Tourism

Latest figures reveal $33.7bn loss for Australia’s tourism industry

Christian Fleetwood

Christian Fleetwood

The financial implications of the coronavirus pandemic on Australia’s tourism industry during the first half of 2020 have been revealed.

Australian tourism has seen overall losses of $33.7 billion for January to June 2020, according to an early release summary on international tourism results by Tourism Research Australia.

Of this, $12 billion (53 per cent) has been lost on international tourism, and $21.7 billion on domestic tourism, including $17.7 billion from overnight travel and $4 billion for day travel.

In the June quarter, fewer than 10,000 international visitors arrived in Australia, compared with 1.9 million during the same period in 2019.

The results of the latest National Visitor Survey also reflect the enormous impacts of the 2019-20 bushfire season which, on top of the impacts of the coronavirus pandemic, contributed to losses of $4 billion in spending on domestic day trips, from January to June 2020.

Overnight trips involving indoor activities were particularly affected during the June quarter 2020, with visitation to arts, heritage, and social activities falling by more than 90 per cent. In addition, trips that included eating out and dining at restaurants were down by 84 per cent.

Tourism Research Australia noted that this pattern is consistent with travellers preferring to drive to regional areas over visits to capital cities during the quarter: overall, capital cities saw a far more significant fall in domestic overnight visits (78 per cent) than regional areas (61 per cent).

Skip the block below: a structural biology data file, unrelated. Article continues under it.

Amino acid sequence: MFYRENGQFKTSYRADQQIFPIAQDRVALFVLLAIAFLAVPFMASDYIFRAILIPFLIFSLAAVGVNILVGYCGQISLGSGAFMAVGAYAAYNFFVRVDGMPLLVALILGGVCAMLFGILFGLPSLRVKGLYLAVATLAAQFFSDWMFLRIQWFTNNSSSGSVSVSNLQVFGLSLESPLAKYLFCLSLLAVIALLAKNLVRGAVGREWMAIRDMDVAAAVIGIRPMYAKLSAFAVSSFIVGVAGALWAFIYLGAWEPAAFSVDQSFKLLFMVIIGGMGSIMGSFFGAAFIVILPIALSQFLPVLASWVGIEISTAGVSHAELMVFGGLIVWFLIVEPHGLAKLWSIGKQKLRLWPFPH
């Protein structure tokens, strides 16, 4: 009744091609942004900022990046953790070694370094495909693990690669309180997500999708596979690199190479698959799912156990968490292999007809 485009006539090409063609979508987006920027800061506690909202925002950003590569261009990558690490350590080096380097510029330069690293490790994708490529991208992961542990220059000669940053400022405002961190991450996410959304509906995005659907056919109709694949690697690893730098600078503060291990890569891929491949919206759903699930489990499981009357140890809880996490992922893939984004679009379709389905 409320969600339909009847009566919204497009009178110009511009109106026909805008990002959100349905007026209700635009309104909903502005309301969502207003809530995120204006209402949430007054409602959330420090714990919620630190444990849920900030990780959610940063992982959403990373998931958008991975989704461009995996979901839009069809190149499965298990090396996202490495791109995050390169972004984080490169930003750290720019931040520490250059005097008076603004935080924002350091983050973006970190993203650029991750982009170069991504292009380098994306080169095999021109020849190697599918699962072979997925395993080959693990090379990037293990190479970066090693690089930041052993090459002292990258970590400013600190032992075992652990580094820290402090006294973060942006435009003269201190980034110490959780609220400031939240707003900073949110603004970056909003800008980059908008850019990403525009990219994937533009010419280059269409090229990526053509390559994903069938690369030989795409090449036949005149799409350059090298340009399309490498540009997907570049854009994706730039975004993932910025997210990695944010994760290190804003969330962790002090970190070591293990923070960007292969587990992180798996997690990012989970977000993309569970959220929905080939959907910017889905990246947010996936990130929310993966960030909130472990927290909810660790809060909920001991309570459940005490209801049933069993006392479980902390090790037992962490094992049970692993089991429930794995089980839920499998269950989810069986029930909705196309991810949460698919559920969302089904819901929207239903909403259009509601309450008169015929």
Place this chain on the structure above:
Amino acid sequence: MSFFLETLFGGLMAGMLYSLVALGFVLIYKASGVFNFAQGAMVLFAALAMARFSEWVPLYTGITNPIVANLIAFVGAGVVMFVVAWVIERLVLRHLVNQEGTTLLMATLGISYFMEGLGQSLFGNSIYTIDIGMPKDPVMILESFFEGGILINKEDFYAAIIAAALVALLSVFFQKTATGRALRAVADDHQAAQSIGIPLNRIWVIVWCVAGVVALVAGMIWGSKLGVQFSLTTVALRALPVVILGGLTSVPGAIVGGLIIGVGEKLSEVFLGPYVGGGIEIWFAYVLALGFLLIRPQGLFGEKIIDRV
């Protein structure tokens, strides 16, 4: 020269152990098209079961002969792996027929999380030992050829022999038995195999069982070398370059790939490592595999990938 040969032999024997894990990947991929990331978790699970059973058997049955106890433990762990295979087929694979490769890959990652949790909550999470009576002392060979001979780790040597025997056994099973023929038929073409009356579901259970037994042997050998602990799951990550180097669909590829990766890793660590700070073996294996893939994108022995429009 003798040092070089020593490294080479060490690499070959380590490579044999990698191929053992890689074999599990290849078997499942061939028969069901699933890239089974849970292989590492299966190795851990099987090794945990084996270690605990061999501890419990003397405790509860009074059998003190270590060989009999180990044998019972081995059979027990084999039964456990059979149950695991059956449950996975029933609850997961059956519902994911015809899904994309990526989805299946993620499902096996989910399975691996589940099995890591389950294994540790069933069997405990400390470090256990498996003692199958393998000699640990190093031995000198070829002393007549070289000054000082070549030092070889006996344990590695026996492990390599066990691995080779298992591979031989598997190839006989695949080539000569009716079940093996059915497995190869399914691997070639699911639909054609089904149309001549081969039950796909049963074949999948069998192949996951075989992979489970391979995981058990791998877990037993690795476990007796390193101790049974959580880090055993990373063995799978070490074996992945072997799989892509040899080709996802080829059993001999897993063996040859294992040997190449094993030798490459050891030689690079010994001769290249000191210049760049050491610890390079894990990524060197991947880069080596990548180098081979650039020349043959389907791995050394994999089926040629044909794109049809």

On the flipside, overnight trips involving nature and other outdoor activities fared better. The decline ranged between 60 per cent and 75 per cent for trips with visits to farms, national parks and beaches.

Furthermore, the transport used for domestic overnight trips changed significantly in the June quarter 2020.

Travel by self-drive vehicle accounted for over 90 per cent (9.2 million) of all domestic overnight trips. This was up from 73 per cent on the June quarter of 2019. In contrast, domestic overnight trips that included air travel fell from 24 per cent to six per cent.

Visitor nights fell by 15 per cent for the year ending June 2020, and 62 per cent (or 64 million) for the June quarter 2020. These falls were much larger for the commercial accommodation sector in June quarter 2020.

The Australian Tourism Industry Council’s executive director, Simon Westaway, said the figures highlight the depth of the impacts of the coronavirus pandemic.

“These are naturally terrible results as Australian tourism faced the then full-frontal assault of the first COVID-19 wave that swept the country,” he said.

“The effective shutdown of our international visitor market and the host of state and territory border closures translated into incredibly dramatic slumps in visitor movement and spend.

“These tourism visitors and spend figures are now the benchmark for sustained government funding support and to develop more partnerships with our industry and tourism regions.”

Westaway said jobs in tourism had also plummeted, with as few as one in 22 Australians now employed in the travel industry – as opposed to the pre-pandemic figure of one in 12.

“Hundreds of thousands of real jobs have been lost and we must build them back,” he said.

The release of Tourism Research Australia’s latest National Visitor Survey comes as Australia prepares to welcome Kiwis again, with both the Australian and New Zealand governments negotiating a deal to allow for a one-way trans-Tasman travel ‘bubble’ to take-off from 16 October.

It also comes as Queensland and Tasmania prepare to ease their border restrictions.


Featured image source: iStock/pixdeluxe

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